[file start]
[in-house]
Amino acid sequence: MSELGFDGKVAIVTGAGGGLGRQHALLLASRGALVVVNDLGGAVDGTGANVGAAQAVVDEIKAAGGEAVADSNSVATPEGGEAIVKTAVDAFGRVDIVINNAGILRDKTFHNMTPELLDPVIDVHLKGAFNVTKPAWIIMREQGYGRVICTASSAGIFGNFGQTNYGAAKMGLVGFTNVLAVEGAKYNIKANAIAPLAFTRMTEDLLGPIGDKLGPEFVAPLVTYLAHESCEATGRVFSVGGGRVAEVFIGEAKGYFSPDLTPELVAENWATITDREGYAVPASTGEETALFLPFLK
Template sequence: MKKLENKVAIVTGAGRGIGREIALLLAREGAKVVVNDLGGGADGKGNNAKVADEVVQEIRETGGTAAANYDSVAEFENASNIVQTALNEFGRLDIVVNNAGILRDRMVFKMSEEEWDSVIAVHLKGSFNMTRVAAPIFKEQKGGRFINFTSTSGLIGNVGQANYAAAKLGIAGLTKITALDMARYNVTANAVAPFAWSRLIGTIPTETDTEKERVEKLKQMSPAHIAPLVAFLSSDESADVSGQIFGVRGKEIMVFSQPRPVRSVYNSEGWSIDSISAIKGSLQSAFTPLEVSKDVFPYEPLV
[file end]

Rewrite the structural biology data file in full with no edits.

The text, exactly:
[in-house]
Amino acid sequence: MSELGFDGKVAIVTGAGGGLGRQHALLLASRGALVVVNDLGGAVDGTGANVGAAQAVVDEIKAAGGEAVADSNSVATPEGGEAIVKTAVDAFGRVDIVINNAGILRDKTFHNMTPELLDPVIDVHLKGAFNVTKPAWIIMREQGYGRVICTASSAGIFGNFGQTNYGAAKMGLVGFTNVLAVEGAKYNIKANAIAPLAFTRMTEDLLGPIGDKLGPEFVAPLVTYLAHESCEATGRVFSVGGGRVAEVFIGEAKGYFSPDLTPELVAENWATITDREGYAVPASTGEETALFLPFLK
Template sequence: MKKLENKVAIVTGAGRGIGREIALLLAREGAKVVVNDLGGGADGKGNNAKVADEVVQEIRETGGTAAANYDSVAEFENASNIVQTALNEFGRLDIVVNNAGILRDRMVFKMSEEEWDSVIAVHLKGSFNMTRVAAPIFKEQKGGRFINFTSTSGLIGNVGQANYAAAKLGIAGLTKITALDMARYNVTANAVAPFAWSRLIGTIPTETDTEKERVEKLKQMSPAHIAPLVAFLSSDESADVSGQIFGVRGKEIMVFSQPRPVRSVYNSEGWSIDSISAIKGSLQSAFTPLEVSKDVFPYEPLV